RADIOGRAPHICALLY:
Unilocular or Multilocular ( Smaller lesions are unilocular )
Margins are well-defined and sclerotic
75% of cases associated with unerupted tooth
HISTOPATHOLOGY:
Soft tissue mass with smooth outer surface
Tumor is composed of mesenchymal tissue and odontogenic
epithelium
Odontogenic epithelium: Has 2 pattern types,
A) Long, narrow cords of odontogenic epithelium supported by rich,
cellular primitive CT ( most common )
B) Basophilic epithelial islands with peripheral nuclear palisading
Mesenchymal tissue: Fibroma onsists of plump stellate and ovoid
cells in a loose matrix, collagen formation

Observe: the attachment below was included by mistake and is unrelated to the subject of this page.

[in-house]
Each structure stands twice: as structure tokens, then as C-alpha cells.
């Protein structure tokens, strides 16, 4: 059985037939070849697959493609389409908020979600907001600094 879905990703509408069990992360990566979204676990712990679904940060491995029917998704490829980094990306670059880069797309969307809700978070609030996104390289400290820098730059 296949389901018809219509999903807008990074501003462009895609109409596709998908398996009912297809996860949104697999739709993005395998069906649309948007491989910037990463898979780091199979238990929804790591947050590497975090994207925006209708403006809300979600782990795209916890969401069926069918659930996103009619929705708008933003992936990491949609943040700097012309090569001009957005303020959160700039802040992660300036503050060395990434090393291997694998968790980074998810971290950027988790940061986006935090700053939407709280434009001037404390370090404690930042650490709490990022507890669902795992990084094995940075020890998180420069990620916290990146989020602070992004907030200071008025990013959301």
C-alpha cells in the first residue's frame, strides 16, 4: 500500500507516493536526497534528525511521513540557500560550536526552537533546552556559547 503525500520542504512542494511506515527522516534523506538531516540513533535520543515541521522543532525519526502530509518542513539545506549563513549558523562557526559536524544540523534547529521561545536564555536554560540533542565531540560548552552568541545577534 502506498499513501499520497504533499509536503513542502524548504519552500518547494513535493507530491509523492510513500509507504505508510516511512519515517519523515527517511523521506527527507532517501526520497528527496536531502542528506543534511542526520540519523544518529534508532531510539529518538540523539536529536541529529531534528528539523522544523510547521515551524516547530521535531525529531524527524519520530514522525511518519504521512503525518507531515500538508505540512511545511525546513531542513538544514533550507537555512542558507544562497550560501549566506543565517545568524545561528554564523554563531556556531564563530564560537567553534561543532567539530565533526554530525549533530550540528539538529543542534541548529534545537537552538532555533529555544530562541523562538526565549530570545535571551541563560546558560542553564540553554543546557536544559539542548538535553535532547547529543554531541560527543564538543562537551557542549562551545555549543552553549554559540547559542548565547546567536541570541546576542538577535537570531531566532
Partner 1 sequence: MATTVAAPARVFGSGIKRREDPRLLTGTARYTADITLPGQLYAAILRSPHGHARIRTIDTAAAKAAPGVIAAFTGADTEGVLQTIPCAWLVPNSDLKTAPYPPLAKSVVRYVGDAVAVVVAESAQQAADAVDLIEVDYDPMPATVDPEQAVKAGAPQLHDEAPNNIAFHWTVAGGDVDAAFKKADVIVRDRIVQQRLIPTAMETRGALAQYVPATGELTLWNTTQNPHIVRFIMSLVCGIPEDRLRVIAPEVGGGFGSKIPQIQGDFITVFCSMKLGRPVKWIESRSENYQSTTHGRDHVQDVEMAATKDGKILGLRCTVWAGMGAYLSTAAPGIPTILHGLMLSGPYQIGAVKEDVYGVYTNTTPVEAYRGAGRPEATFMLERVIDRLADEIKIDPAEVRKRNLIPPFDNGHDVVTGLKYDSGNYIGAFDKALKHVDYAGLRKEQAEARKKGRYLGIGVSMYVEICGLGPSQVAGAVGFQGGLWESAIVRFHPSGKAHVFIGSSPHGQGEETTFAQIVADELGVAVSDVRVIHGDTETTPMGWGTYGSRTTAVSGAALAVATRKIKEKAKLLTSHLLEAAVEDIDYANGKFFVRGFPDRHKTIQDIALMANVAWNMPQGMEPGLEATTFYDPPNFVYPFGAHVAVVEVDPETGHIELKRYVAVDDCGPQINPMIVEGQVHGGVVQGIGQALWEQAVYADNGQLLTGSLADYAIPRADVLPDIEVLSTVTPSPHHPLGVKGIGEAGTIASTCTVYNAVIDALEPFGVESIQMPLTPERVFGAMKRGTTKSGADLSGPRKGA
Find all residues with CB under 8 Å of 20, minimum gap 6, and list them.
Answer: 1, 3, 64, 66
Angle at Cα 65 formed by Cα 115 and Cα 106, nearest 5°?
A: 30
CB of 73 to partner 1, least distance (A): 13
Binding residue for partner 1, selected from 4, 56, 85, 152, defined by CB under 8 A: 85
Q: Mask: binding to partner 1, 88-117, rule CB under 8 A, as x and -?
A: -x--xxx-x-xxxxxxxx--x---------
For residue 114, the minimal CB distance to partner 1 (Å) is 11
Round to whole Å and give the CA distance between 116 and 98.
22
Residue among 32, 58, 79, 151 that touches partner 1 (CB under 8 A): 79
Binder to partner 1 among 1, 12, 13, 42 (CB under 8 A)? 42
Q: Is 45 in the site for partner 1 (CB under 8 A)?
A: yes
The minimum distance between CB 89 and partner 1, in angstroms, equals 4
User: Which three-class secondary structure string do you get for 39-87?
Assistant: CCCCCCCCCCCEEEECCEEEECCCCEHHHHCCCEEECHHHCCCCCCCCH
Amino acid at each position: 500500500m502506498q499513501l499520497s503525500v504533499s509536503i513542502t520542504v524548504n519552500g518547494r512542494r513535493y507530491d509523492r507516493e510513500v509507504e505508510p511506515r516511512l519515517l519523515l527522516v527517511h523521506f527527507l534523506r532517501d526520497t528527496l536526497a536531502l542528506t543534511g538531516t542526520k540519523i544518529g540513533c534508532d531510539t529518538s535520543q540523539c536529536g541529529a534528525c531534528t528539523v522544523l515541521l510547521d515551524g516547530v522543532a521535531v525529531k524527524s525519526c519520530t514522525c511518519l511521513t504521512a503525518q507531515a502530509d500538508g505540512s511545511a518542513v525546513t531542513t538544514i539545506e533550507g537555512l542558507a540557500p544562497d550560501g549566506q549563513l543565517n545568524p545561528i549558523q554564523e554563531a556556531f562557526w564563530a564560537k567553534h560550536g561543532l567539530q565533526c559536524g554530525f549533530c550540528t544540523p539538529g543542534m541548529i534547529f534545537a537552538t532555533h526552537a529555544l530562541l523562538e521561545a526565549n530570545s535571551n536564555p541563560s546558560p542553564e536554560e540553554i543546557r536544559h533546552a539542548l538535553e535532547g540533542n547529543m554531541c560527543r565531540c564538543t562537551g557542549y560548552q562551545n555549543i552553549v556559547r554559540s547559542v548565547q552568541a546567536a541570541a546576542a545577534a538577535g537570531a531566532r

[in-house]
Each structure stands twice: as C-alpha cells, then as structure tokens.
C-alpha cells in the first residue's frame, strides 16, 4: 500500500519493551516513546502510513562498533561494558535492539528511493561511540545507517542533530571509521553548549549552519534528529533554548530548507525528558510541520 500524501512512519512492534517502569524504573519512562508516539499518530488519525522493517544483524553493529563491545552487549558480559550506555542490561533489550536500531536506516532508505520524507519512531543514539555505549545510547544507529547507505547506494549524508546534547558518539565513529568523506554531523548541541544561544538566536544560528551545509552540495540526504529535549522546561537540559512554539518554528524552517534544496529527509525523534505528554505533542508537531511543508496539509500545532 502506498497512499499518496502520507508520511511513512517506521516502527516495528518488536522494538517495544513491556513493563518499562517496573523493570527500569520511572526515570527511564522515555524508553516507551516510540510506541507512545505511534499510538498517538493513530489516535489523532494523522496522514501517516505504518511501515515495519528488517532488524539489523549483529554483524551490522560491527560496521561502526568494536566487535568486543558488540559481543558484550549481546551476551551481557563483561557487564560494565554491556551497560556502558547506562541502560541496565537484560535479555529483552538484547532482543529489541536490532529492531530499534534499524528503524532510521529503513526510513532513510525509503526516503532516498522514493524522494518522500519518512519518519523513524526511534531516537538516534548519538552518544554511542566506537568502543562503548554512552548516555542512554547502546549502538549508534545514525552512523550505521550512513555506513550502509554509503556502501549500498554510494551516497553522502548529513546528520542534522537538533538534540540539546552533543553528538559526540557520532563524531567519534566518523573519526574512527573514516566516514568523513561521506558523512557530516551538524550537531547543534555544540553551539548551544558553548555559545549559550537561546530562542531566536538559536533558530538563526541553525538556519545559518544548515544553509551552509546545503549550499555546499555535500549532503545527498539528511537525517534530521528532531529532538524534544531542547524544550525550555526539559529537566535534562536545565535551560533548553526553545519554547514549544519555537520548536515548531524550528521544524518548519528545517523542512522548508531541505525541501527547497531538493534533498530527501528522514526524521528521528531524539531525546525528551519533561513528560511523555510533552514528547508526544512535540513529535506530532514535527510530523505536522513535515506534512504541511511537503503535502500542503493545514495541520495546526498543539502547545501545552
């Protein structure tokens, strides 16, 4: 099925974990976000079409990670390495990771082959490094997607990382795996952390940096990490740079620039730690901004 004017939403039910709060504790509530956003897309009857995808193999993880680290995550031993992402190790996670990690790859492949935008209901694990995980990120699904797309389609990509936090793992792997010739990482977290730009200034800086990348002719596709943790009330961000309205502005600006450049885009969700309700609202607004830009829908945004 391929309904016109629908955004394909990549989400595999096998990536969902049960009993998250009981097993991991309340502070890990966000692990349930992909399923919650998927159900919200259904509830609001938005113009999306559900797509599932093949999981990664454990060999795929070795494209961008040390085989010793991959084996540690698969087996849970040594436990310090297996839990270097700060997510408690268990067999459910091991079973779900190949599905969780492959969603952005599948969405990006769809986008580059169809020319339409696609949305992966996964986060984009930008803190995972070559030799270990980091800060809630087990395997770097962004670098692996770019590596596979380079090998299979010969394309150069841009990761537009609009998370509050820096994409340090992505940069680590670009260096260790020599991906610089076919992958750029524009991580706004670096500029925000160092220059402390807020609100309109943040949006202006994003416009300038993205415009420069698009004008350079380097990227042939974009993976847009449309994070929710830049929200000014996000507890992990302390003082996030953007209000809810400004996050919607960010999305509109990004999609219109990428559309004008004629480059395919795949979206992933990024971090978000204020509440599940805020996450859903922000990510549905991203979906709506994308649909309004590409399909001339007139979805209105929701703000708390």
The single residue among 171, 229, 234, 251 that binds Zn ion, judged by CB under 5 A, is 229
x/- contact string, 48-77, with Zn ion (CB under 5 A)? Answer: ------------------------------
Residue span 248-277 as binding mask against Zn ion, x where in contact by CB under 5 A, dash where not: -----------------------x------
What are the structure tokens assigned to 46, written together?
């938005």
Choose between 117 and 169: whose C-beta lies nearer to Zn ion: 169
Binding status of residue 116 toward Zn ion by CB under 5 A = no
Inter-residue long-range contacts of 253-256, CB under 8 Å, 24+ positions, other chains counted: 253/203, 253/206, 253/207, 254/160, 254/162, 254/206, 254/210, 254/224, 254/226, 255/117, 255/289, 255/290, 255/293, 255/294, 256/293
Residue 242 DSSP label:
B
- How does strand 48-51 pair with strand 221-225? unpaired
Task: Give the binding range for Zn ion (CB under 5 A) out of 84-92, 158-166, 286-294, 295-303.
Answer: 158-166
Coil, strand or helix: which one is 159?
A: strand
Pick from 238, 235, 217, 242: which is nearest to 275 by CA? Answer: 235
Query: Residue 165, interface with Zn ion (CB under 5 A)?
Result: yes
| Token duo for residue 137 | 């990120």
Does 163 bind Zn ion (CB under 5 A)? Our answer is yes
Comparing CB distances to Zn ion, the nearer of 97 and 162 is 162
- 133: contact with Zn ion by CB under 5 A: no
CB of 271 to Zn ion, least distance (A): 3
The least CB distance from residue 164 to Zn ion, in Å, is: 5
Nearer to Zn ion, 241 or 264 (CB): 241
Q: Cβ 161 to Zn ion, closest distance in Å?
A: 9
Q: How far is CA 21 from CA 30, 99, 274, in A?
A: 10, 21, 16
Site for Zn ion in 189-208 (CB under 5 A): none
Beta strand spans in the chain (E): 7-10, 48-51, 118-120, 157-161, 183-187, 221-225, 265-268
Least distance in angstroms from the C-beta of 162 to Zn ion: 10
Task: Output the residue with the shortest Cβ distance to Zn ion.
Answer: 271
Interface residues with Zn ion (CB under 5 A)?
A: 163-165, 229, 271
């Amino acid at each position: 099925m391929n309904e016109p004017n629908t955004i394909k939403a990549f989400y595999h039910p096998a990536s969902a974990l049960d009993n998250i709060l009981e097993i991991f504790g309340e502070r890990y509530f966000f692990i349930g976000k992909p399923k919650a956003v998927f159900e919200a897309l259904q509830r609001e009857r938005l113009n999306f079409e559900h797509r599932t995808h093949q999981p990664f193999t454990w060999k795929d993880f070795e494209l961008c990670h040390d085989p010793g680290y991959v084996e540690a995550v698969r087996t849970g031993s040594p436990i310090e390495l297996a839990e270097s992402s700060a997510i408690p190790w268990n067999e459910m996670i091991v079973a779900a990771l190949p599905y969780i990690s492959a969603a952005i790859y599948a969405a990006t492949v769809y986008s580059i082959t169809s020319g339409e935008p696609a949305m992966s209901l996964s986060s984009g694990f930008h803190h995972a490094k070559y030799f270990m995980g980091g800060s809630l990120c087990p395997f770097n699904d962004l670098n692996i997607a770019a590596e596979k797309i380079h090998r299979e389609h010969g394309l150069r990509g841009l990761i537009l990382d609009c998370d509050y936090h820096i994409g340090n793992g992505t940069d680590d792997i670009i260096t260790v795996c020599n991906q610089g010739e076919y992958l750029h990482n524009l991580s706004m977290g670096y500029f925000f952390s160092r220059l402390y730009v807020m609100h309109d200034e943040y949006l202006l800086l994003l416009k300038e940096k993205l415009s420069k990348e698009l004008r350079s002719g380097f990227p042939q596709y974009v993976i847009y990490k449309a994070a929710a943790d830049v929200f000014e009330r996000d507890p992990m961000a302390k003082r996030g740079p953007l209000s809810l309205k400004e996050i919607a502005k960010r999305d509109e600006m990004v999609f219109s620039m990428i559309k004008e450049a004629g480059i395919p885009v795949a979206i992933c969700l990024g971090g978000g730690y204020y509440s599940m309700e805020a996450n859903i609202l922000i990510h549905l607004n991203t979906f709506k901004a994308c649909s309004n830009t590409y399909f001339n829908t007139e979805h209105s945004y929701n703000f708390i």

TREATMENT: Excision or curettage
ODONTOMAS
Most common type of odontogenic tumors
Harmatomas: Developmental anomalies
Made up of enamel and dentin
Subdivided into COMPOUND and COMPLEX
10 20 years
Asymptomatic, and prevents eruption
Rarely exceeds size of tooth but can be up to 6 cm
Maxilla > Mandible
COMPOUND

Found more in anterior maxilla


Made up of a collection of toothlike structures surrounded by a
radiolucent zone
HISTOPATHOLOGY: Multiple, small, single rooted teeth, in a fibrous
matrix ( Enamel matrix also present )
Radiographically diagnostic
COMPLEX
Occur in molar regions of either jaws
Large calcified mass with a radiodensity of a tooth surrounded by a thin
radiolucent rim
Can be confused with an Osteoma
HISTOPATHOLOGY: Large mature tubular dentin that encloses a
hollow circular structure which may contain enamel matrix and ghost
cells ( 20 % ) ( Eosinophilic staining ) Also has a thin layer of cementum